First Nations want to be consulted first in mining talks
'Complexities' surrounding 'duty to consult' not addressed, First Nations leaders say
First Nations leaders in northern Ontario say new mining regulations that go into effect Nov. 1 don't go far enough.
The updated mining act makes changes to early exploration requirements to help minimize the impact on the environment.
It also includes some new rules about consulting with First Nations, and a plan to better protect sites of Aboriginal cultural significance. But Lake Huron Regional Chief Isadore Day said First Nations are still concerned about the consultation process.
"It's very clear that … it didn't go deep enough to look at the complexities that have to do with the duty to consult," he said.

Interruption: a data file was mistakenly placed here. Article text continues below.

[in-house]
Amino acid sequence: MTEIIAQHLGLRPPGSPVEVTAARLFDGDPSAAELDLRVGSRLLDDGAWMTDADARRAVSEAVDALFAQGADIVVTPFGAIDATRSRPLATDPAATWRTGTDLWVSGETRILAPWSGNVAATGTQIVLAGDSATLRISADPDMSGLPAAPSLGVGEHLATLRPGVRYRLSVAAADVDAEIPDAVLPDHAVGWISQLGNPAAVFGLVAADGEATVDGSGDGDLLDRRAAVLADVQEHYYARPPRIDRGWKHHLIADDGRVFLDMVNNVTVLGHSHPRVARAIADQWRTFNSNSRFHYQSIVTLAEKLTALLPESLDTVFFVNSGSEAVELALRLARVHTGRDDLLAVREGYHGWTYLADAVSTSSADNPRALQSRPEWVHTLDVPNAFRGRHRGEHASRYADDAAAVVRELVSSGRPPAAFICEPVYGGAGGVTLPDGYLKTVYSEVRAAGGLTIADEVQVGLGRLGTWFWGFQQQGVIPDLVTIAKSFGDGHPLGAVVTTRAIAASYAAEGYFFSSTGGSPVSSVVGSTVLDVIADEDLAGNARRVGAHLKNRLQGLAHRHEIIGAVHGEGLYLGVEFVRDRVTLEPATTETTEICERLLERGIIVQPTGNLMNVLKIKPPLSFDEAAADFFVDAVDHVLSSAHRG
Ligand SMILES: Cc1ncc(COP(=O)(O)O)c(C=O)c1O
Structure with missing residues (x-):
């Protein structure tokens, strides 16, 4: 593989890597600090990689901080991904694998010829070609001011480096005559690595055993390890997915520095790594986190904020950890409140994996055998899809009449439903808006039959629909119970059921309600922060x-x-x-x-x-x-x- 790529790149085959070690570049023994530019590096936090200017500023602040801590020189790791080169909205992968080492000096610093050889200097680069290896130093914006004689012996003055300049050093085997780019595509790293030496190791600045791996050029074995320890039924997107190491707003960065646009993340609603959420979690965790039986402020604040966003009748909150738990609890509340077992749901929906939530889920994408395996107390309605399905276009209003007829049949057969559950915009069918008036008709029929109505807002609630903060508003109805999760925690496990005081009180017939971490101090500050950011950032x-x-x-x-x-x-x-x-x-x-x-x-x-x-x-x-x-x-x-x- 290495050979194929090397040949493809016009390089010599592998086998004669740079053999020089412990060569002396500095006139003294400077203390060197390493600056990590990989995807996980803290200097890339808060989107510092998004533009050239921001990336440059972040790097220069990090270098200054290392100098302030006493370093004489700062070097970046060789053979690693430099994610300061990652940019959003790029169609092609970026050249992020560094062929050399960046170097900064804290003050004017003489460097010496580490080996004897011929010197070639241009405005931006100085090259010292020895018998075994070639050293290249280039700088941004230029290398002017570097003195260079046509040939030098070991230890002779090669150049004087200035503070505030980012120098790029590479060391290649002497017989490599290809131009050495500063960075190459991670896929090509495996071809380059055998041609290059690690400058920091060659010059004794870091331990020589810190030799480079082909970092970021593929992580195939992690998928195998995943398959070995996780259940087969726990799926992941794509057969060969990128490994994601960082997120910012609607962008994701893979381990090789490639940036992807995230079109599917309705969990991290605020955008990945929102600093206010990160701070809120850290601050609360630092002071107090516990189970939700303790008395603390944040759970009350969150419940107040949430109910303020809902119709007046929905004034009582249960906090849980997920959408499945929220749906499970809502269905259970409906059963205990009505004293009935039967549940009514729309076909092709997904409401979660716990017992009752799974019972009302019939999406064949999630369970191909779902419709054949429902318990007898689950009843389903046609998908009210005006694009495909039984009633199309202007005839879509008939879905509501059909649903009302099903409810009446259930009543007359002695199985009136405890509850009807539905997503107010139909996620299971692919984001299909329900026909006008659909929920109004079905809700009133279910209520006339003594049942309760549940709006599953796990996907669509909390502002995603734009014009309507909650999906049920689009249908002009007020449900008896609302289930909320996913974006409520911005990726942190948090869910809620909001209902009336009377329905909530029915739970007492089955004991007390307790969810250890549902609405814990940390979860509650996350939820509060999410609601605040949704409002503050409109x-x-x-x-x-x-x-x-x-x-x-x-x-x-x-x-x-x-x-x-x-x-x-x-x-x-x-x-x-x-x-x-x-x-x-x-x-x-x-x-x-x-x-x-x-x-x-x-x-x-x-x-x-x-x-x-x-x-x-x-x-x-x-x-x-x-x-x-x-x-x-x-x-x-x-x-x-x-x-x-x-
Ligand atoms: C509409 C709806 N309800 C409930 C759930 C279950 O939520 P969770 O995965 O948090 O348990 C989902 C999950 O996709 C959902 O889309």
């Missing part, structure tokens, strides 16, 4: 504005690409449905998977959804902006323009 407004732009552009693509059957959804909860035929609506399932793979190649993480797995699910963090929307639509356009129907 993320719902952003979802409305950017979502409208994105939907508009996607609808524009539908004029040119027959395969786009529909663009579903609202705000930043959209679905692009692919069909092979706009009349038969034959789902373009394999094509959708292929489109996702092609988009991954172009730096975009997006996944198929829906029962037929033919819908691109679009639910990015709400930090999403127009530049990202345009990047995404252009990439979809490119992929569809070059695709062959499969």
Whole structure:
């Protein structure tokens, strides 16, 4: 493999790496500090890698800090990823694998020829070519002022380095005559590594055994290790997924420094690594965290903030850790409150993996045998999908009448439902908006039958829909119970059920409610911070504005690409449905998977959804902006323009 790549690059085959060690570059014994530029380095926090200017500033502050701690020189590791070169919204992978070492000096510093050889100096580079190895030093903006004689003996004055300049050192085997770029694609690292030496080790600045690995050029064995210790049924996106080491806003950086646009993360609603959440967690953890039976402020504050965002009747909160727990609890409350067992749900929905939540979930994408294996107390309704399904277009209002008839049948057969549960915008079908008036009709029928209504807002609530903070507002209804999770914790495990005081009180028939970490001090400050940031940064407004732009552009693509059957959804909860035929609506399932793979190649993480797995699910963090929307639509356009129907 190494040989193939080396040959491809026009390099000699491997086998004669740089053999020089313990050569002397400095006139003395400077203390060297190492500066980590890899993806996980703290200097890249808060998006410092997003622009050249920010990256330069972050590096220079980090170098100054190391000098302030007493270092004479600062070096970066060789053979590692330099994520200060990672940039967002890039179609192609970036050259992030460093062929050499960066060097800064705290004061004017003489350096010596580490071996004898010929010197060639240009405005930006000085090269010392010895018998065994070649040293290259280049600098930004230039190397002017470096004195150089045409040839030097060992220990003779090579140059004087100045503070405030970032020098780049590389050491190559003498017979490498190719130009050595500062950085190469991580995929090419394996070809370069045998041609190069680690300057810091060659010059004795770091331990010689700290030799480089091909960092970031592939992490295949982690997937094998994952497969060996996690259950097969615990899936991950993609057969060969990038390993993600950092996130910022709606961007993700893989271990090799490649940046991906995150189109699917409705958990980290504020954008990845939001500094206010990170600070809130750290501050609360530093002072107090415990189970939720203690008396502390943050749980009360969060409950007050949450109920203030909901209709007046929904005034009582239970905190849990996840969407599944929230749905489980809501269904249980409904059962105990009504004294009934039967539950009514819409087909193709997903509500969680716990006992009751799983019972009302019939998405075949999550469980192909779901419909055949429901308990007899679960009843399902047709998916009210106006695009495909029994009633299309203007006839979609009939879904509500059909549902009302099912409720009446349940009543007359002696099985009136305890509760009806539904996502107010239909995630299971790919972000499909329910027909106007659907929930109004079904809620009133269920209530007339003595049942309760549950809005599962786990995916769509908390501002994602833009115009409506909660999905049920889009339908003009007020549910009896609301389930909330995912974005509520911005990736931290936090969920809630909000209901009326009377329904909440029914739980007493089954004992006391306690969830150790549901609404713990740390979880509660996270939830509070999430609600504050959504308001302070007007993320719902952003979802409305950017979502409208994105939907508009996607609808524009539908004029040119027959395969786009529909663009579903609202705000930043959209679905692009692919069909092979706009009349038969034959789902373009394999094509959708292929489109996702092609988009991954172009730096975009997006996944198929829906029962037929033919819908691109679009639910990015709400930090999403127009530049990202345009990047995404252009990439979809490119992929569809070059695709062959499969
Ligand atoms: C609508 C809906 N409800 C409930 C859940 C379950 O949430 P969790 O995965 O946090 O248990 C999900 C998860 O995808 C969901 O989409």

The executive director of the Ontario Prospectors Association said the province will inform First Nations if a claim is staked in traditional territory and put the mining company in contact with the correct person to consult.
"It's always been a challenge to find the right person in the community to talk with," Garry Clark said.
"It'd be good because then we wouldn't be exploring there and harming anything that has significance to the First Nations," Clark said.
Chief Day said he's spoken with mines minister Rick Bartolucci about his concerns and said discussions with the province about the new mining regulations are ongoing.
The Grand Chief of the Nishnawbe Aski Nation agrees the new changes to the mining act don’t go far enough. Harvey Yesno said as long as Ontario's free entry system is in place, there will be conflicts.
"It's contributing, we believe, to the problems that industry is encountering with First Nations," he said.
Free entry allows prospectors to stake mineral claims on land, even when they don't own the surface rights.
Yesno noted that government, not industry, should be the first to engage First Nations in consultation.